Spatial Stories of Temporary Migrant Workers: Filipino Migrant Workers and Their Sunday Street Market in Seoul
Paper short abstract:
This research examines the spatial restrictions imposed upon temporary migrant workers in Seoul, South Korea. The placing and timing of the Filipino street market reveals the everyday realities of exclusion and the lived experiences of migrant workers in Seoul.
Paper long abstract:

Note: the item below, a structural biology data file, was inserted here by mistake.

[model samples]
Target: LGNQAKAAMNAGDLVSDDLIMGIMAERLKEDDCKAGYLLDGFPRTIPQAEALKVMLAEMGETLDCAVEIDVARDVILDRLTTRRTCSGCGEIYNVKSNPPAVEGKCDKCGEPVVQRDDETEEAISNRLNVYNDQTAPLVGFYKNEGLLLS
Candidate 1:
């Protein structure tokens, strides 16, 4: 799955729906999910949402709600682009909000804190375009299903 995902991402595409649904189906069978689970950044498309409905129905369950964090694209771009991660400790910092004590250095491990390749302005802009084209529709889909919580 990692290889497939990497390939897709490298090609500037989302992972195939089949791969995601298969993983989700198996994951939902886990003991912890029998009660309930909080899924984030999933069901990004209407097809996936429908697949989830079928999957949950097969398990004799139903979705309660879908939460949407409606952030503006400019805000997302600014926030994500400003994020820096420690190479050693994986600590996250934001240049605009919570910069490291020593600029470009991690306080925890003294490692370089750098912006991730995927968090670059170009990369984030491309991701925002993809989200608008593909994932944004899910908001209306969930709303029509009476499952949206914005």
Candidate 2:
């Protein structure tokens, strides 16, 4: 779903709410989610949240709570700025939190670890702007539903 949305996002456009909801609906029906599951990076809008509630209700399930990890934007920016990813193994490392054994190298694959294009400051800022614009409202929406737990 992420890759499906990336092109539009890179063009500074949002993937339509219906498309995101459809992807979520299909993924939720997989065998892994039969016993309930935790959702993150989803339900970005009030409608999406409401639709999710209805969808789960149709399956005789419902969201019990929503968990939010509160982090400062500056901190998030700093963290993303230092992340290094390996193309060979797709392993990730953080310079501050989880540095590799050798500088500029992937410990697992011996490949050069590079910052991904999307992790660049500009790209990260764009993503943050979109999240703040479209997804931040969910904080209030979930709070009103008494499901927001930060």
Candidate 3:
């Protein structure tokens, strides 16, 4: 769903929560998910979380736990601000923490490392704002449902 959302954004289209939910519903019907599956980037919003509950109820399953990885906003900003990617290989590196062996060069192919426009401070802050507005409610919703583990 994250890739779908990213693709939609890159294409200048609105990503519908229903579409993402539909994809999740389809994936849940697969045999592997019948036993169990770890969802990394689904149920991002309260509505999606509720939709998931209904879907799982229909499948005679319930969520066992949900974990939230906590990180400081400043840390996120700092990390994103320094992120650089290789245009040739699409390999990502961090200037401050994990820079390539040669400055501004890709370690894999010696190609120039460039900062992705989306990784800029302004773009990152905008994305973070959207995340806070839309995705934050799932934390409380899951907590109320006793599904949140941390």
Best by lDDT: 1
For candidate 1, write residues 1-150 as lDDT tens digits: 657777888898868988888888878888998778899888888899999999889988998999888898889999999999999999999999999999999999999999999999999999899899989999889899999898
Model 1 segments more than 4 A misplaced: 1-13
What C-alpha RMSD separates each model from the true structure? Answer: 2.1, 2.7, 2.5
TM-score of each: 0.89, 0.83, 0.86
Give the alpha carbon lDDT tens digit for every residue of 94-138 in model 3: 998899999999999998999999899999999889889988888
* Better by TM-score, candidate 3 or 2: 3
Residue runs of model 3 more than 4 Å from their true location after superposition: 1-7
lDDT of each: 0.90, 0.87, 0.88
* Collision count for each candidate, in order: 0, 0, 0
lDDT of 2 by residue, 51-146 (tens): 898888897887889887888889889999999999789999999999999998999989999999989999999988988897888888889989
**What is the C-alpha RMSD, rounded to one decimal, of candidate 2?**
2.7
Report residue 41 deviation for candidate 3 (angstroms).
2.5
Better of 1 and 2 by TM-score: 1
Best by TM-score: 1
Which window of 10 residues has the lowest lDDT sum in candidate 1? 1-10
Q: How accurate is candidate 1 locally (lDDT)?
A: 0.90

Seoul has recently received a growing number of migrant workers from developing Asia, including the Philippines, through South Korea's guest worker program. More than 40,000 Filipinos are currently employed in un-skilled, low-wage manufacturing jobs located in the city's outer rings. Much is known about the South Korean state's strict control measures on temporary migrant workers and their legal and economic vulnerability, but little about the spatial restrictions imposed upon them. While migrant workers are accommodated in factory dorms, they come out on weekends for shopping, worship, or other personal activities. This research examines the contested negotiations between the state, the Catholic Church, and Filipino workers over the University Boulevard flea market in Hyehwa, Seoul, which attracts nearly 3,000 Filipinos every Sunday afternoon. Particular focus is paid to the migrant workers' marginal, time-limited access to this public space that is connected to the city's high culture district with many small independent theatres and art galleries. It is argued that, despite the much vaunted rhetoric, by the state and the church, of multiculturalism and inclusiveness, the placing and timing of the Filipino street market reveals the everyday realities of exclusion and the lived experiences of migrant workers in Seoul. It is also argued that the migrants are actively engaged in producing a transnational locality that not only brings them together to socialize and to connect with their homes and churches back in the Philippines but also empowers them to feel belonged to the city's major attraction.
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